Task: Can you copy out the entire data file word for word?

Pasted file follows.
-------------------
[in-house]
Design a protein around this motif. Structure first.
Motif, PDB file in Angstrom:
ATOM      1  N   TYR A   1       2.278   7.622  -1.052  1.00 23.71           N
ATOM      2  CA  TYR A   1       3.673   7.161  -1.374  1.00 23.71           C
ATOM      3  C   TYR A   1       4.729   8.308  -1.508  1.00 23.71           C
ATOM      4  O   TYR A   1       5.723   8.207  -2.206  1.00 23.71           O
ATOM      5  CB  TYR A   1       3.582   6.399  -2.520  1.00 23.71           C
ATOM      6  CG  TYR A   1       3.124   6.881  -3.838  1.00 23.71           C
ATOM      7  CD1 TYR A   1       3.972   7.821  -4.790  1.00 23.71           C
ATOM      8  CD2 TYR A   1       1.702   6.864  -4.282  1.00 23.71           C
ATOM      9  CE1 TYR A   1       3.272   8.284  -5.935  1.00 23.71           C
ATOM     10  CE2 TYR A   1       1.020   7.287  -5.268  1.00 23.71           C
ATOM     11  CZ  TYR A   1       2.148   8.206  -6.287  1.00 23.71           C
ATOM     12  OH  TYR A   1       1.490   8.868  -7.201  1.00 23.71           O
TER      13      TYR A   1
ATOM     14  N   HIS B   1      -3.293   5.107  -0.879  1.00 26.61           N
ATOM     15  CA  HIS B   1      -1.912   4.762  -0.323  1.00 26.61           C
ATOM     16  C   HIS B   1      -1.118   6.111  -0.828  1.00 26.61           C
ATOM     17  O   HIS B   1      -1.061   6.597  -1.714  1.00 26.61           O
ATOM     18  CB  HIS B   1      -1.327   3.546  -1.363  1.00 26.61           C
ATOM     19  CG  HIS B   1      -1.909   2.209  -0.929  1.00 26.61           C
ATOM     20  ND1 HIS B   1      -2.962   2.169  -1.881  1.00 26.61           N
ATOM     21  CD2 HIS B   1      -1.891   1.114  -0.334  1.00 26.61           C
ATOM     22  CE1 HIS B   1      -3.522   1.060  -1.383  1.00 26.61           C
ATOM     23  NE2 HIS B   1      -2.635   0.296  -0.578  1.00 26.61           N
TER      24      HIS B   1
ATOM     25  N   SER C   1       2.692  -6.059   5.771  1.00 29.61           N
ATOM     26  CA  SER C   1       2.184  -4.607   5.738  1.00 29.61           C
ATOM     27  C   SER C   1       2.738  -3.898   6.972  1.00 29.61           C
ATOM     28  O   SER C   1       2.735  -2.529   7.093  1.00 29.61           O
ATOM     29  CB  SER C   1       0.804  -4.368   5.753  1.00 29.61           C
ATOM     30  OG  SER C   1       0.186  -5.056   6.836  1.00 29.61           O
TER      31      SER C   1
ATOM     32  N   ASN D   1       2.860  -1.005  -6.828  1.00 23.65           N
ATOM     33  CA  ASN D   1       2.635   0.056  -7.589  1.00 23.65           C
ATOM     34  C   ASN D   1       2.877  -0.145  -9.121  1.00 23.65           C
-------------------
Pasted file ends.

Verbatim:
[in-house]
Design a protein around this motif. Structure first.
Motif, PDB file in Angstrom:
ATOM      1  N   TYR A   1       2.278   7.622  -1.052  1.00 23.71           N
ATOM      2  CA  TYR A   1       3.673   7.161  -1.374  1.00 23.71           C
ATOM      3  C   TYR A   1       4.729   8.308  -1.508  1.00 23.71           C
ATOM      4  O   TYR A   1       5.723   8.207  -2.206  1.00 23.71           O
ATOM      5  CB  TYR A   1       3.582   6.399  -2.520  1.00 23.71           C
ATOM      6  CG  TYR A   1       3.124   6.881  -3.838  1.00 23.71           C
ATOM      7  CD1 TYR A   1       3.972   7.821  -4.790  1.00 23.71           C
ATOM      8  CD2 TYR A   1       1.702   6.864  -4.282  1.00 23.71           C
ATOM      9  CE1 TYR A   1       3.272   8.284  -5.935  1.00 23.71           C
ATOM     10  CE2 TYR A   1       1.020   7.287  -5.268  1.00 23.71           C
ATOM     11  CZ  TYR A   1       2.148   8.206  -6.287  1.00 23.71           C
ATOM     12  OH  TYR A   1       1.490   8.868  -7.201  1.00 23.71           O
TER      13      TYR A   1
ATOM     14  N   HIS B   1      -3.293   5.107  -0.879  1.00 26.61           N
ATOM     15  CA  HIS B   1      -1.912   4.762  -0.323  1.00 26.61           C
ATOM     16  C   HIS B   1      -1.118   6.111  -0.828  1.00 26.61           C
ATOM     17  O   HIS B   1      -1.061   6.597  -1.714  1.00 26.61           O
ATOM     18  CB  HIS B   1      -1.327   3.546  -1.363  1.00 26.61           C
ATOM     19  CG  HIS B   1      -1.909   2.209  -0.929  1.00 26.61           C
ATOM     20  ND1 HIS B   1      -2.962   2.169  -1.881  1.00 26.61           N
ATOM     21  CD2 HIS B   1      -1.891   1.114  -0.334  1.00 26.61           C
ATOM     22  CE1 HIS B   1      -3.522   1.060  -1.383  1.00 26.61           C
ATOM     23  NE2 HIS B   1      -2.635   0.296  -0.578  1.00 26.61           N
TER      24      HIS B   1
ATOM     25  N   SER C   1       2.692  -6.059   5.771  1.00 29.61           N
ATOM     26  CA  SER C   1       2.184  -4.607   5.738  1.00 29.61           C
ATOM     27  C   SER C   1       2.738  -3.898   6.972  1.00 29.61           C
ATOM     28  O   SER C   1       2.735  -2.529   7.093  1.00 29.61           O
ATOM     29  CB  SER C   1       0.804  -4.368   5.753  1.00 29.61           C
ATOM     30  OG  SER C   1       0.186  -5.056   6.836  1.00 29.61           O
TER      31      SER C   1
ATOM     32  N   ASN D   1       2.860  -1.005  -6.828  1.00 23.65           N
ATOM     33  CA  ASN D   1       2.635   0.056  -7.589  1.00 23.65           C
ATOM     34  C   ASN D   1       2.877  -0.145  -9.121  1.00 23.65           C